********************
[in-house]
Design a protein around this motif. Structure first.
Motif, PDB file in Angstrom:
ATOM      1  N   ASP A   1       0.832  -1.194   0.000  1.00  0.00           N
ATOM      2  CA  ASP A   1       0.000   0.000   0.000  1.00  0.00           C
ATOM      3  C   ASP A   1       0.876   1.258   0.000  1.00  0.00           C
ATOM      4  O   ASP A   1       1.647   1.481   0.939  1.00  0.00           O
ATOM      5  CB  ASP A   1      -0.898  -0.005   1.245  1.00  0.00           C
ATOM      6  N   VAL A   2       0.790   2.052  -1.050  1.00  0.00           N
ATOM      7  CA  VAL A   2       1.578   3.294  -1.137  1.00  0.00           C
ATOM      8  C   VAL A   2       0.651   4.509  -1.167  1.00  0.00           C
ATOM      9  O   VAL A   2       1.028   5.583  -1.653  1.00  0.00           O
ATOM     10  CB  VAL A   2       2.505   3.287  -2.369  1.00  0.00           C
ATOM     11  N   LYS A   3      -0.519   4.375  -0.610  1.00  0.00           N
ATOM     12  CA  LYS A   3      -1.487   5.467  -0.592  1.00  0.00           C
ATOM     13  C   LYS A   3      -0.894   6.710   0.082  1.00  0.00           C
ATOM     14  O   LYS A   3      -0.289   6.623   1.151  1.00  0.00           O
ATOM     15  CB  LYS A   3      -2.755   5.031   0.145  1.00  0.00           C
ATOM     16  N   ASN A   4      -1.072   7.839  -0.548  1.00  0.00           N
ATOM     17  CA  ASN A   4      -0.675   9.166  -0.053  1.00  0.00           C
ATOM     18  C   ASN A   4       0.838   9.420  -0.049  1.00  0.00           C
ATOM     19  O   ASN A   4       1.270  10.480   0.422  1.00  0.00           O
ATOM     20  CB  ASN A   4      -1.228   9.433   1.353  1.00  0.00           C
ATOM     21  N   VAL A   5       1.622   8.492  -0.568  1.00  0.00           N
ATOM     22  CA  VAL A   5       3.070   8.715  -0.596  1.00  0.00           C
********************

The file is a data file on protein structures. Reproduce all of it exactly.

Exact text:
[in-house]
Design a protein around this motif. Structure first.
Motif, PDB file in Angstrom:
ATOM      1  N   ASP A   1       0.832  -1.194   0.000  1.00  0.00           N
ATOM      2  CA  ASP A   1       0.000   0.000   0.000  1.00  0.00           C
ATOM      3  C   ASP A   1       0.876   1.258   0.000  1.00  0.00           C
ATOM      4  O   ASP A   1       1.647   1.481   0.939  1.00  0.00           O
ATOM      5  CB  ASP A   1      -0.898  -0.005   1.245  1.00  0.00           C
ATOM      6  N   VAL A   2       0.790   2.052  -1.050  1.00  0.00           N
ATOM      7  CA  VAL A   2       1.578   3.294  -1.137  1.00  0.00           C
ATOM      8  C   VAL A   2       0.651   4.509  -1.167  1.00  0.00           C
ATOM      9  O   VAL A   2       1.028   5.583  -1.653  1.00  0.00           O
ATOM     10  CB  VAL A   2       2.505   3.287  -2.369  1.00  0.00           C
ATOM     11  N   LYS A   3      -0.519   4.375  -0.610  1.00  0.00           N
ATOM     12  CA  LYS A   3      -1.487   5.467  -0.592  1.00  0.00           C
ATOM     13  C   LYS A   3      -0.894   6.710   0.082  1.00  0.00           C
ATOM     14  O   LYS A   3      -0.289   6.623   1.151  1.00  0.00           O
ATOM     15  CB  LYS A   3      -2.755   5.031   0.145  1.00  0.00           C
ATOM     16  N   ASN A   4      -1.072   7.839  -0.548  1.00  0.00           N
ATOM     17  CA  ASN A   4      -0.675   9.166  -0.053  1.00  0.00           C
ATOM     18  C   ASN A   4       0.838   9.420  -0.049  1.00  0.00           C
ATOM     19  O   ASN A   4       1.270  10.480   0.422  1.00  0.00           O
ATOM     20  CB  ASN A   4      -1.228   9.433   1.353  1.00  0.00           C
ATOM     21  N   VAL A   5       1.622   8.492  -0.568  1.00  0.00           N
ATOM     22  CA  VAL A   5       3.070   8.715  -0.596  1.00  0.00           C